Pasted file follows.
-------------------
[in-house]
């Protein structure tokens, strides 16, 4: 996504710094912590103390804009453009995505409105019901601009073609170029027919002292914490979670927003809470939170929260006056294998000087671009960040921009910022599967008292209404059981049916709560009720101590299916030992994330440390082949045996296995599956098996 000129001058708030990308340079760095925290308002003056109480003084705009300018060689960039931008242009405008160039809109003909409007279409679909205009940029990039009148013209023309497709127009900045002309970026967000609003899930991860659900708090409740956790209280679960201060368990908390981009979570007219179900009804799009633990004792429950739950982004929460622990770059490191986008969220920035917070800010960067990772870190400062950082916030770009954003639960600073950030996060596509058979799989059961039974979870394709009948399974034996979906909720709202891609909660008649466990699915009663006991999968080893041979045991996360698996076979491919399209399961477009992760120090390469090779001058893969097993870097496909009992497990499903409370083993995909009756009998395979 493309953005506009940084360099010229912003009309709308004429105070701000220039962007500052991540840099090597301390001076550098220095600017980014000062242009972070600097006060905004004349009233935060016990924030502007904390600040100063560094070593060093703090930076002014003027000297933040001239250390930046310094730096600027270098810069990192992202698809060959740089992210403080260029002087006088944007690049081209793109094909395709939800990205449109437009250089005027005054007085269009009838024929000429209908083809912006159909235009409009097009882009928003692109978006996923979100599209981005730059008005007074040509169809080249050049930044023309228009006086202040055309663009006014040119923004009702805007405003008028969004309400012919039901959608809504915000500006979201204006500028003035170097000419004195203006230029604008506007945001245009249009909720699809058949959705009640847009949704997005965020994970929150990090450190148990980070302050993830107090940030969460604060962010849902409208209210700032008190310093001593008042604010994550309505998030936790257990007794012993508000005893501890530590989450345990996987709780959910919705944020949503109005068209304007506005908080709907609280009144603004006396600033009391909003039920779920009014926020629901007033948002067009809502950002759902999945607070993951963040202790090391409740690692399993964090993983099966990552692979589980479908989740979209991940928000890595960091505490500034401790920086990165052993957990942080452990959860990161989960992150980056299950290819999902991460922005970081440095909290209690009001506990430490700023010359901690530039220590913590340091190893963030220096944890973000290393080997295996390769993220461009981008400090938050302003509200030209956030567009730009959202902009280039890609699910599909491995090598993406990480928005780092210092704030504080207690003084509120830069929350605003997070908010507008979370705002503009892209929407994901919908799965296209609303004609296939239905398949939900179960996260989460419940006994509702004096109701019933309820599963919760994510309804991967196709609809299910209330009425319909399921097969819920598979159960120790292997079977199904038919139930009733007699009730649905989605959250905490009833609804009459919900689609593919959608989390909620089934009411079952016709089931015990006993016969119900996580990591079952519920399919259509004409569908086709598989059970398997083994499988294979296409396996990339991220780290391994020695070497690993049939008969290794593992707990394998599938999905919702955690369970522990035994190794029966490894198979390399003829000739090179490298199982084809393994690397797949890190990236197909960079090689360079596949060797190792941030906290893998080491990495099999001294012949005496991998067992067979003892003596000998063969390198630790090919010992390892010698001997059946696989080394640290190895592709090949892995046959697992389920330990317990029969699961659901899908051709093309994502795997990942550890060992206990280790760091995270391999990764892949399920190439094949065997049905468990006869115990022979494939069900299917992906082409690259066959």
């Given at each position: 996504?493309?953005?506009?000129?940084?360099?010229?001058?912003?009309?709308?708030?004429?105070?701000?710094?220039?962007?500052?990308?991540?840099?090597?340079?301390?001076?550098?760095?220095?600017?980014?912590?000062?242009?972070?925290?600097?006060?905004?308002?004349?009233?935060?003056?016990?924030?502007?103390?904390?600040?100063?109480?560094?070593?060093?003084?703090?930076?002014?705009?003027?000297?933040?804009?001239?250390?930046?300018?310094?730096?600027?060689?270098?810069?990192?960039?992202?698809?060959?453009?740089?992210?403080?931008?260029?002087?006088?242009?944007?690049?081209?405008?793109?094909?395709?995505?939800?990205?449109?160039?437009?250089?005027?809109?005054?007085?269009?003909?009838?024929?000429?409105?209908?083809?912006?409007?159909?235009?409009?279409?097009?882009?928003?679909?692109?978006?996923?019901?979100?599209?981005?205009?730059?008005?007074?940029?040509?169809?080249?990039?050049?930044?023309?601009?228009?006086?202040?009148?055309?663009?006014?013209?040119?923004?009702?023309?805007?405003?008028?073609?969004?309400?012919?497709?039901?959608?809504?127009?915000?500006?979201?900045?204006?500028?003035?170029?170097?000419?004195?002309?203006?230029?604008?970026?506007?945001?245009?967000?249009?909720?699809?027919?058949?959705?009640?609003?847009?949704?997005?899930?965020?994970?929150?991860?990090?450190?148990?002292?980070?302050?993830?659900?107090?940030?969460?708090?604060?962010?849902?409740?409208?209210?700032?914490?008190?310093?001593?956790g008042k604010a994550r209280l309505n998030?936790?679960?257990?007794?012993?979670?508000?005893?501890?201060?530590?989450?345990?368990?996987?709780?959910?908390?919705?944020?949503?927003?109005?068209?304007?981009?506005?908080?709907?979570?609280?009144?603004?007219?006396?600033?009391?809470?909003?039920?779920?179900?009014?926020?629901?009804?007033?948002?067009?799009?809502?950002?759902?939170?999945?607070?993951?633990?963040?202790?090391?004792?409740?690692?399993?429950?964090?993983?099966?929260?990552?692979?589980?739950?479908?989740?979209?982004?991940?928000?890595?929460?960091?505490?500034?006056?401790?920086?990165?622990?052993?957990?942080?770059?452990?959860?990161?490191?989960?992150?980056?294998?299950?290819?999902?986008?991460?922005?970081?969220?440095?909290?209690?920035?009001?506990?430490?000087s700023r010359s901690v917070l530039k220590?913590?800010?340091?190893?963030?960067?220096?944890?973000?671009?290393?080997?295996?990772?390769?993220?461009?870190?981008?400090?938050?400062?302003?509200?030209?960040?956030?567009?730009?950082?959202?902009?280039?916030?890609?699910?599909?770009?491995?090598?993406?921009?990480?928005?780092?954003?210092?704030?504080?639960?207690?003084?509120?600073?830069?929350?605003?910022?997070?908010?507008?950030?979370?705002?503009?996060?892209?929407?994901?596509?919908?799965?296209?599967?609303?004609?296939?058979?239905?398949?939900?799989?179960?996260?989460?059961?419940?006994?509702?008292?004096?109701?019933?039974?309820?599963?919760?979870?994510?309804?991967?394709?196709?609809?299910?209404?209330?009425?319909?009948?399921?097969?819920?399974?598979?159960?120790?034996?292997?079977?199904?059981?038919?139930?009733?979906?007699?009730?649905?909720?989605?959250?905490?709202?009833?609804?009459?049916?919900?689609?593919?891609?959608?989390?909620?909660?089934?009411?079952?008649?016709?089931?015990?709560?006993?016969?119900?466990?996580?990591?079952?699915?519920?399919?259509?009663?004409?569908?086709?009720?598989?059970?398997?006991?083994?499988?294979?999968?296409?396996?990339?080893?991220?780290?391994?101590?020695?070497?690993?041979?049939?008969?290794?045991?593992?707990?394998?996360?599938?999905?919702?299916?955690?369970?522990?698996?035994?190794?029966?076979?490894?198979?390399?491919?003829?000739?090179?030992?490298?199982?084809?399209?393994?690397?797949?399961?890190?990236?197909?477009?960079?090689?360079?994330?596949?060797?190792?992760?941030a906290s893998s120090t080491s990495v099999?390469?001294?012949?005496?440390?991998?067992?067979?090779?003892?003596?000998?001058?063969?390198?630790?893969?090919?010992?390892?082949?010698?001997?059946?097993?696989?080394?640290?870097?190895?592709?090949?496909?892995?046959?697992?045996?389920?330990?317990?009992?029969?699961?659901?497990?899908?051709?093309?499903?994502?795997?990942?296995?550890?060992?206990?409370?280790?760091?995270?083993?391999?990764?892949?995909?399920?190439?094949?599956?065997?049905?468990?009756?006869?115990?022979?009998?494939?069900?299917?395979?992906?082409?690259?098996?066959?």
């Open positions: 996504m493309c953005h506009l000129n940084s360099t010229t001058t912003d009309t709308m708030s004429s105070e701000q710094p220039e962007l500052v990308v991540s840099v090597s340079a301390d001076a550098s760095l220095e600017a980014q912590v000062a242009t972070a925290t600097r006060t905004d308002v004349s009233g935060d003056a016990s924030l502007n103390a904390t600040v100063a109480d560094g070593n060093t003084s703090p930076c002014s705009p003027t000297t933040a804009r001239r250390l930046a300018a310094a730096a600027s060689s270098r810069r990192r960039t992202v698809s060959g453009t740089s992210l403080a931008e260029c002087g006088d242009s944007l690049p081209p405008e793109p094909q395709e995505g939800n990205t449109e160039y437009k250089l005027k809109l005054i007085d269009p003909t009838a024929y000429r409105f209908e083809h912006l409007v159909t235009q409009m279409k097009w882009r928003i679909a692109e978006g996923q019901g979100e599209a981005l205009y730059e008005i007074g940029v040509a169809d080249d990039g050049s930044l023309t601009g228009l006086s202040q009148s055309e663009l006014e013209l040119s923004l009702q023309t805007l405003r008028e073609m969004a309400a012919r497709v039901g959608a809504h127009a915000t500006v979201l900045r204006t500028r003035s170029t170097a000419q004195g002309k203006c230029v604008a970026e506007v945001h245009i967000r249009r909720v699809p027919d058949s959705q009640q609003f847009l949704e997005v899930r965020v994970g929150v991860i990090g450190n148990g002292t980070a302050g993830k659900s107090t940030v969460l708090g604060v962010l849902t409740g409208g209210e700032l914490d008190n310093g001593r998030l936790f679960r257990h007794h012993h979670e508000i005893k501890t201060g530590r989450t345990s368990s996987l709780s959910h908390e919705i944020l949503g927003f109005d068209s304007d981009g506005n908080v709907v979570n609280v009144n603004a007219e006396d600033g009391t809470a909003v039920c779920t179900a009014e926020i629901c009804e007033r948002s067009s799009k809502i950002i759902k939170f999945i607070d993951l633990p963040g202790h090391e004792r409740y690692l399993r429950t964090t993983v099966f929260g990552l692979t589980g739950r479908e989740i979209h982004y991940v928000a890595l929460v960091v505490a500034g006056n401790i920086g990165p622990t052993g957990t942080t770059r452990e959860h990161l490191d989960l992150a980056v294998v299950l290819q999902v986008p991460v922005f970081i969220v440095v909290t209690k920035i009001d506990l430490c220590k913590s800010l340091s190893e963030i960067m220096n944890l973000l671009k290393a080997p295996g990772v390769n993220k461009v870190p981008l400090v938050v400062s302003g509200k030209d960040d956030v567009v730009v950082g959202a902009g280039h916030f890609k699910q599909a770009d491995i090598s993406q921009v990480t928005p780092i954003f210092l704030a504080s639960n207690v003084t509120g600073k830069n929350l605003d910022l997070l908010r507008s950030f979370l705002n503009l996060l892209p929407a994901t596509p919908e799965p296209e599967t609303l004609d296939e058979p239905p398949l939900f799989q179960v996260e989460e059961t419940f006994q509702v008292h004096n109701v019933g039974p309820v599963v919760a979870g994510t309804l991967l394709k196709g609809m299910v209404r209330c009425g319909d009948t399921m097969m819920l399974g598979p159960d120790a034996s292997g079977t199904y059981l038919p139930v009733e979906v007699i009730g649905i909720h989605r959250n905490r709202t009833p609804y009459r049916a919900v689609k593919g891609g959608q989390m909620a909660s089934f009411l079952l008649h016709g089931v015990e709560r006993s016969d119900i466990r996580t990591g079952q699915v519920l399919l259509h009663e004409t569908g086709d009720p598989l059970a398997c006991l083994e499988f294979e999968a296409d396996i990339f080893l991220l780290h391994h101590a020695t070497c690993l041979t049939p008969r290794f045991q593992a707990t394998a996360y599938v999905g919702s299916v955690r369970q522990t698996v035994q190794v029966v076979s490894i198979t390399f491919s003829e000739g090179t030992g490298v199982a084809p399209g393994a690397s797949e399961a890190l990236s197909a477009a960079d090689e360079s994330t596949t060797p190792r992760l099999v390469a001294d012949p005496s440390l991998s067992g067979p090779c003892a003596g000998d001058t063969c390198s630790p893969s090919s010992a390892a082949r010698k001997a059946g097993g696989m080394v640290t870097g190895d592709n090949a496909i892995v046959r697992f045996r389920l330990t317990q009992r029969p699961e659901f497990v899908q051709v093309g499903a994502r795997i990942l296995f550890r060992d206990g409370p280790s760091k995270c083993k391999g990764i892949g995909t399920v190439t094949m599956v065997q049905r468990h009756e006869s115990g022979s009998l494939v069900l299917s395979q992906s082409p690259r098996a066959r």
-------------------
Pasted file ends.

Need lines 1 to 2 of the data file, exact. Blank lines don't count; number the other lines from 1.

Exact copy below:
[in-house]
């Protein structure tokens, strides 16, 4: 996504710094912590103390804009453009995505409105019901601009073609170029027919002292914490979670927003809470939170929260006056294998000087671009960040921009910022599967008292209404059981049916709560009720101590299916030992994330440390082949045996296995599956098996 000129001058708030990308340079760095925290308002003056109480003084705009300018060689960039931008242009405008160039809109003909409007279409679909205009940029990039009148013209023309497709127009900045002309970026967000609003899930991860659900708090409740956790209280679960201060368990908390981009979570007219179900009804799009633990004792429950739950982004929460622990770059490191986008969220920035917070800010960067990772870190400062950082916030770009954003639960600073950030996060596509058979799989059961039974979870394709009948399974034996979906909720709202891609909660008649466990699915009663006991999968080893041979045991996360698996076979491919399209399961477009992760120090390469090779001058893969097993870097496909009992497990499903409370083993995909009756009998395979 493309953005506009940084360099010229912003009309709308004429105070701000220039962007500052991540840099090597301390001076550098220095600017980014000062242009972070600097006060905004004349009233935060016990924030502007904390600040100063560094070593060093703090930076002014003027000297933040001239250390930046310094730096600027270098810069990192992202698809060959740089992210403080260029002087006088944007690049081209793109094909395709939800990205449109437009250089005027005054007085269009009838024929000429209908083809912006159909235009409009097009882009928003692109978006996923979100599209981005730059008005007074040509169809080249050049930044023309228009006086202040055309663009006014040119923004009702805007405003008028969004309400012919039901959608809504915000500006979201204006500028003035170097000419004195203006230029604008506007945001245009249009909720699809058949959705009640847009949704997005965020994970929150990090450190148990980070302050993830107090940030969460604060962010849902409208209210700032008190310093001593008042604010994550309505998030936790257990007794012993508000005893501890530590989450345990996987709780959910919705944020949503109005068209304007506005908080709907609280009144603004006396600033009391909003039920779920009014926020629901007033948002067009809502950002759902999945607070993951963040202790090391409740690692399993964090993983099966990552692979589980479908989740979209991940928000890595960091505490500034401790920086990165052993957990942080452990959860990161989960992150980056299950290819999902991460922005970081440095909290209690009001506990430490700023010359901690530039220590913590340091190893963030220096944890973000290393080997295996390769993220461009981008400090938050302003509200030209956030567009730009959202902009280039890609699910599909491995090598993406990480928005780092210092704030504080207690003084509120830069929350605003997070908010507008979370705002503009892209929407994901919908799965296209609303004609296939239905398949939900179960996260989460419940006994509702004096109701019933309820599963919760994510309804991967196709609809299910209330009425319909399921097969819920598979159960120790292997079977199904038919139930009733007699009730649905989605959250905490009833609804009459919900689609593919959608989390909620089934009411079952016709089931015990006993016969119900996580990591079952519920399919259509004409569908086709598989059970398997083994499988294979296409396996990339991220780290391994020695070497690993049939008969290794593992707990394998599938999905919702955690369970522990035994190794029966490894198979390399003829000739090179490298199982084809393994690397797949890190990236197909960079090689360079596949060797190792941030906290893998080491990495099999001294012949005496991998067992067979003892003596000998063969390198630790090919010992390892010698001997059946696989080394640290190895592709090949892995046959697992389920330990317990029969699961659901899908051709093309994502795997990942550890060992206990280790760091995270391999990764892949399920190439094949065997049905468990006869115990022979494939069900299917992906082409690259066959």